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Finishing the Race
Inspiring Examples of Longevity in Ministry

Nearly every time he goes out in public Perry Sanders is treated like a local celebrity.

On a recent trip to the mall in Lafayette, Louisiana, he counted sixty-two people who approached him thanking him for his influence in the city. Even on duck hunting outings he cannot escape recognition. In December, a man approached Sanders after he had finished a morning of hunting to tell him how he had admired Sanders for years.

So what does Sanders do? Was he an actor, local news anchor, or athlete? Actually, he arrived at celebrity status in a very unconventional manner. He was pastor of the First Baptist Church in Lafayette for forty-seven years before retiring in 2006. He also had a television program in the area that broadcast Gospel preaching for more than fifty years.

"It's a wonderful thing to stay a while where you can see people develop and grow in the Lord and develop and mature," Sanders said.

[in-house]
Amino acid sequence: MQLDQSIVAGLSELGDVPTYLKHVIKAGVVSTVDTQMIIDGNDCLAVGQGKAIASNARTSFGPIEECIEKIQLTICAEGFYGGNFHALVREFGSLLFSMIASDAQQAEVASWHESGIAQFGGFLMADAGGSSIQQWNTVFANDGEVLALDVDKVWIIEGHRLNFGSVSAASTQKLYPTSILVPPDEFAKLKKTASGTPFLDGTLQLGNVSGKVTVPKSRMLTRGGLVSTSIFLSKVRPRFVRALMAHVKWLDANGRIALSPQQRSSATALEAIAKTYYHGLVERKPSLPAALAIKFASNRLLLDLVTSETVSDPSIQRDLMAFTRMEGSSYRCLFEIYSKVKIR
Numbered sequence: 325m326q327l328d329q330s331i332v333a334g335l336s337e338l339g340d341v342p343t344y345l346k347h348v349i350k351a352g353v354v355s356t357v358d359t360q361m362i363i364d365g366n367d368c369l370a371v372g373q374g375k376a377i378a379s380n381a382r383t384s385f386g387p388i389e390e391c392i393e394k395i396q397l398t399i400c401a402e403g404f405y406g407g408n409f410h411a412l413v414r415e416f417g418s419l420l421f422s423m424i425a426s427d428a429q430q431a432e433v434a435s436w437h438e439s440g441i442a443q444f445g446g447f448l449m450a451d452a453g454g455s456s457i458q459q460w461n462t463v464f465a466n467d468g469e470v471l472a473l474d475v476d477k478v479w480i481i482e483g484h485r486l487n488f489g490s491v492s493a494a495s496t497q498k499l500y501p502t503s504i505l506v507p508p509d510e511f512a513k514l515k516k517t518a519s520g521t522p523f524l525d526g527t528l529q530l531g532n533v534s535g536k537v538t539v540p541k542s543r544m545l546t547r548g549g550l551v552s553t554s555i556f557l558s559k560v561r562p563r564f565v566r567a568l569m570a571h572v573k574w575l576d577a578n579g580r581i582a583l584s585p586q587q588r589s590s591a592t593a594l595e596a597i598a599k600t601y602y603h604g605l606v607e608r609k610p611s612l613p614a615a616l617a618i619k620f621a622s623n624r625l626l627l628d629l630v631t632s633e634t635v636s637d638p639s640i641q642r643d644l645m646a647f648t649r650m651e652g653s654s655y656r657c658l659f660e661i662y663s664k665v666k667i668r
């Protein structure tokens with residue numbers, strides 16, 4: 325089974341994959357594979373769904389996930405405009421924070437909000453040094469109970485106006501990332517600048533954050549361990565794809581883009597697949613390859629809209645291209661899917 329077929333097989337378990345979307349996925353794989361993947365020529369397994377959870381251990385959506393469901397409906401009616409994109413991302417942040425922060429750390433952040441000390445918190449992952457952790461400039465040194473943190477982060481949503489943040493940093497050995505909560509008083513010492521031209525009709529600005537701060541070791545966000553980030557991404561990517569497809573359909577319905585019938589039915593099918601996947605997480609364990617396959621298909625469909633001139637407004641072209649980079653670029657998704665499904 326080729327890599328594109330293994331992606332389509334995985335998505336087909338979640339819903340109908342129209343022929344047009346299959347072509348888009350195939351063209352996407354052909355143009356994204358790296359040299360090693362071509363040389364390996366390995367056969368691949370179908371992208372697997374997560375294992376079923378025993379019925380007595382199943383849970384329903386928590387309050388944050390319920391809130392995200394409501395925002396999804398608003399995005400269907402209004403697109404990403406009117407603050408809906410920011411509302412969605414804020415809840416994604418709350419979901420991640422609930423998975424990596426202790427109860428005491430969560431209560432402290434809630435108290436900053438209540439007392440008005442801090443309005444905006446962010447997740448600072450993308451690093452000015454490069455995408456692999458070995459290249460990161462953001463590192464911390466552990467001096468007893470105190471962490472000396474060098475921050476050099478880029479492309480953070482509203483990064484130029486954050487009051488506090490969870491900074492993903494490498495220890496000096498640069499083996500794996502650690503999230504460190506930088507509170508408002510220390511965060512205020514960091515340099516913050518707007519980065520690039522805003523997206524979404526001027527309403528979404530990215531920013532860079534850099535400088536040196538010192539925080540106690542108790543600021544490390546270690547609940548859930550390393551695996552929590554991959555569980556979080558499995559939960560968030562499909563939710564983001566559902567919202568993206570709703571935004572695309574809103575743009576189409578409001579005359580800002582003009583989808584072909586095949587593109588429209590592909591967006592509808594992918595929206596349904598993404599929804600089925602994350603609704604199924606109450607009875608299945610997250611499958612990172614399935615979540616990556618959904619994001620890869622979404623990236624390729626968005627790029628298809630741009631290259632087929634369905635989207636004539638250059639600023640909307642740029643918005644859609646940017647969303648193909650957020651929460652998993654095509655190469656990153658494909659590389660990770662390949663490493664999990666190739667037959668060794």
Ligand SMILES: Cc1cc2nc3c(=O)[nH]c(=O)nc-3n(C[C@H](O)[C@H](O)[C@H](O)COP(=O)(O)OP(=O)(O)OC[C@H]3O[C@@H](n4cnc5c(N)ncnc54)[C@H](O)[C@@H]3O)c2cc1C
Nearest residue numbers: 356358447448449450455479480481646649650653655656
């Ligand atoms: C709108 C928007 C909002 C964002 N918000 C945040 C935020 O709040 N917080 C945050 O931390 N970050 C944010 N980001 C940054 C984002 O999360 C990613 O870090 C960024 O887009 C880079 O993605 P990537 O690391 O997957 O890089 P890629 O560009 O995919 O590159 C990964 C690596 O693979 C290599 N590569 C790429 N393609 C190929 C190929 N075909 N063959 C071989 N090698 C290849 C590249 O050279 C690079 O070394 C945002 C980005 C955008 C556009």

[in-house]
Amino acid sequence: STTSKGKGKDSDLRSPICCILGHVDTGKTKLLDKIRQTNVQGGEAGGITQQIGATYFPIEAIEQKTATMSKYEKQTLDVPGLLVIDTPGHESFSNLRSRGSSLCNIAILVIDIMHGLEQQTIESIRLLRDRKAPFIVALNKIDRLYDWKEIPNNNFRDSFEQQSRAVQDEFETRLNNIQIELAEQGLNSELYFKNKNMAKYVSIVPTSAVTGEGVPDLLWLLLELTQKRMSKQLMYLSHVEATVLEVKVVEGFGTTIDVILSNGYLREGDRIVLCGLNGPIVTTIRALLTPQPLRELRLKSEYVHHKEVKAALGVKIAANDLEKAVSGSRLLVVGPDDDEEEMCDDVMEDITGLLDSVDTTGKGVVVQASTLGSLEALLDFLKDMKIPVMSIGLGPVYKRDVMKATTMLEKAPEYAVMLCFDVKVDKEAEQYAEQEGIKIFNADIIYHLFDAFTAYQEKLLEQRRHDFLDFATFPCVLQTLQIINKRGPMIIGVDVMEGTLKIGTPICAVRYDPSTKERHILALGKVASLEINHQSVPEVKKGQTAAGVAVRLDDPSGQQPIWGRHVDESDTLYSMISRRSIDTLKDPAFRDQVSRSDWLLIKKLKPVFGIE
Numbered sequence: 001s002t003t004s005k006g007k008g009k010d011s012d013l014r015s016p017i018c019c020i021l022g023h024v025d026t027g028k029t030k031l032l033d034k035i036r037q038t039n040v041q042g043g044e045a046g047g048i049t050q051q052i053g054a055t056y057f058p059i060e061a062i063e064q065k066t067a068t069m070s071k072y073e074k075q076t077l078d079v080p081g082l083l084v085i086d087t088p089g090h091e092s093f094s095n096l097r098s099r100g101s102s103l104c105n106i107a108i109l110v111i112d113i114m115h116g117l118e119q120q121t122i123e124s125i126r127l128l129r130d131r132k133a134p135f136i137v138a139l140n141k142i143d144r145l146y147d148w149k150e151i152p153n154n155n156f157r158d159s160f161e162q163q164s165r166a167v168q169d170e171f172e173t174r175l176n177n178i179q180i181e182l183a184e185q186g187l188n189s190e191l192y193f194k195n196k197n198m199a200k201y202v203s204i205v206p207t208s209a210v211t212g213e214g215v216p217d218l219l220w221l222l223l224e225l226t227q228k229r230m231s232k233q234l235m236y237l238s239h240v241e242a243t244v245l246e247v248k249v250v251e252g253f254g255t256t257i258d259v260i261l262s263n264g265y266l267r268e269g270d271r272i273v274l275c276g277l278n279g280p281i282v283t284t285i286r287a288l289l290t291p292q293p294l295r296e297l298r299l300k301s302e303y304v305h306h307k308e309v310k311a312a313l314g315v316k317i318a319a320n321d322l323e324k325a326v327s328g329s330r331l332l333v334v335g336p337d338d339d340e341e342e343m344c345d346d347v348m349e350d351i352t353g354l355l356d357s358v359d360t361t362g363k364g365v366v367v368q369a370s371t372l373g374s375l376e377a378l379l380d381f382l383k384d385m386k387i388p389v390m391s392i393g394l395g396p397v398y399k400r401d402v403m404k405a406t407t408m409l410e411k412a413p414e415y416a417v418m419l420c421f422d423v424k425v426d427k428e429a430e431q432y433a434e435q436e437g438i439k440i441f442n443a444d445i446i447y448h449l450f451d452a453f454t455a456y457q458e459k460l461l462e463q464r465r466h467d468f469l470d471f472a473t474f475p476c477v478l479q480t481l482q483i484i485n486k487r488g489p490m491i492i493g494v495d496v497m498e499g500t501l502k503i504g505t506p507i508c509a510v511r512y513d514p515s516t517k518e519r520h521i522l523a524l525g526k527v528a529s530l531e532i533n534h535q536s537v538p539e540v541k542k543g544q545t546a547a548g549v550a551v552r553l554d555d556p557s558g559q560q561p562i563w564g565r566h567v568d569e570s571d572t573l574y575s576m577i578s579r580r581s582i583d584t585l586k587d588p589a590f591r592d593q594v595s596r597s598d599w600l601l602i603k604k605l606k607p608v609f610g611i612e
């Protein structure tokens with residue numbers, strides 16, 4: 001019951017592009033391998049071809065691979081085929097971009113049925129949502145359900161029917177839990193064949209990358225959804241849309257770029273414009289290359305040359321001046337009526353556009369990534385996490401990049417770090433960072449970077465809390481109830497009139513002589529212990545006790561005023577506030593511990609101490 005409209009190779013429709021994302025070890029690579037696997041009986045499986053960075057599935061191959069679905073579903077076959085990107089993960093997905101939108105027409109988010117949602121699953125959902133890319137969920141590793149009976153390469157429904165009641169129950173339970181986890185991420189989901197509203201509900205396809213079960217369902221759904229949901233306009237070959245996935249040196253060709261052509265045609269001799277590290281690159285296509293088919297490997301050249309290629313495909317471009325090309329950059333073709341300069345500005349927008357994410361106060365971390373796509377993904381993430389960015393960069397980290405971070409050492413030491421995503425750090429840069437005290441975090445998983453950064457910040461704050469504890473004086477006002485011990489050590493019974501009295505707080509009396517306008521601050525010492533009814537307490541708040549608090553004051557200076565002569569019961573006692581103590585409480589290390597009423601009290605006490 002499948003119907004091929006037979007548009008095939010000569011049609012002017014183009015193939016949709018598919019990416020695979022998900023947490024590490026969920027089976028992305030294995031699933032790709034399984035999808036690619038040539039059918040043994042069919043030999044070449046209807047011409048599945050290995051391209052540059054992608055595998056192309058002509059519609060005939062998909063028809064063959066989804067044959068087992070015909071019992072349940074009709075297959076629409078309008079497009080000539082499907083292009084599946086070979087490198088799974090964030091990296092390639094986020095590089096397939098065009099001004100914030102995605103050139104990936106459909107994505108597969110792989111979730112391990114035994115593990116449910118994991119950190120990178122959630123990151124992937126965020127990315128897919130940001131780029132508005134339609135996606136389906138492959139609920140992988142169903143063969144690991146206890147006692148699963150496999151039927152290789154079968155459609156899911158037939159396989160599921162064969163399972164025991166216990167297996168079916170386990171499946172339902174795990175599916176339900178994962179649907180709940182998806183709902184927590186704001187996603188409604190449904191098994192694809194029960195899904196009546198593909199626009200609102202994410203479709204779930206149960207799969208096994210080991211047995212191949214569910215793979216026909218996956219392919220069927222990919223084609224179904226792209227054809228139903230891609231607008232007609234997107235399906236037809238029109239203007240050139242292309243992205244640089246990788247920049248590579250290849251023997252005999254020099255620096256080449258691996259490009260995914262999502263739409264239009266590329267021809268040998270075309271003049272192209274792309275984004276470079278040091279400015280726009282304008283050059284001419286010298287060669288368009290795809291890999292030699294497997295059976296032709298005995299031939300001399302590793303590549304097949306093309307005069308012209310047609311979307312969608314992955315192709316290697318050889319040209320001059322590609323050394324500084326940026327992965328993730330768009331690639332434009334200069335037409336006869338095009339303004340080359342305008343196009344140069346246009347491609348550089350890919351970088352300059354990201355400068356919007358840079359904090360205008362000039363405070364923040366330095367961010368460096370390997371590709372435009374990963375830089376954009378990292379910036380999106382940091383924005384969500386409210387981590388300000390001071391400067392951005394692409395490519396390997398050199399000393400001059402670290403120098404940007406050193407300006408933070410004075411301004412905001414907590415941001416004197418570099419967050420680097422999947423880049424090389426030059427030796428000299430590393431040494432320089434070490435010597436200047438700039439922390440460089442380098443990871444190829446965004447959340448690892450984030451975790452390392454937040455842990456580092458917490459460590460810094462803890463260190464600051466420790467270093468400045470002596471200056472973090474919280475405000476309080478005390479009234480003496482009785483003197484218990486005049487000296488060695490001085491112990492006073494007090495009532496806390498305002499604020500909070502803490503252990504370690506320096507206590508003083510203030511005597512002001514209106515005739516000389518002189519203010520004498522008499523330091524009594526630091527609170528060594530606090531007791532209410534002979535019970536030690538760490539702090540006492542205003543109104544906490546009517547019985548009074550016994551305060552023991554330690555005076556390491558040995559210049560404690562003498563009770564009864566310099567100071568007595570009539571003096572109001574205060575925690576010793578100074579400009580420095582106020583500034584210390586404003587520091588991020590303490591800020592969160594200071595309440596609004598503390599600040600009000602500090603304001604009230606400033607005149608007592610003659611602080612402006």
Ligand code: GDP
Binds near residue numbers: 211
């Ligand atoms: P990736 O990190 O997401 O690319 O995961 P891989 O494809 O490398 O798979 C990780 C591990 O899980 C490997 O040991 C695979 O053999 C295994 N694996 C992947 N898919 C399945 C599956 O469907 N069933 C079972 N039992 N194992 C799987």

Ben Jones of Jacksonville, Florida, and Richard Oldham of Bowling Green, Kentucky, can tell similar stories of influence in their communities. Jones pastored West Park Baptist Church for fifty-eight years, and Oldham is still pastor of Glendale Baptist Church, where he has been for fifty years.

The average tenure for a Southern Baptist pastor is just over two years, according to Thom Rainer, president of LifeWay Christian Resources of the Southern Baptist Convention. But these pastors defy the average and all say long-term pastorates bring powerful results for God's Kingdom.

Oldham came to Glendale in 1957 after pastoring in Lansing, Michigan. He says he never planned to stay for half a century, but God continued to give him a passion for the congregation.

"The Lord just seemed to lead me from one year to the next," Oldham, who is now 71, said. "Of course, I had no idea I would spend my whole life here. God just opened door after door."

Among the highlights of Oldham's time in Bowling Green have been seeing approximately five thousand people baptized under his ministry and approximately 250 devote themselves to fulltime Christian service. Glendale also went through five major building programs under Oldham, including the construction of a Christian school for grades K-12.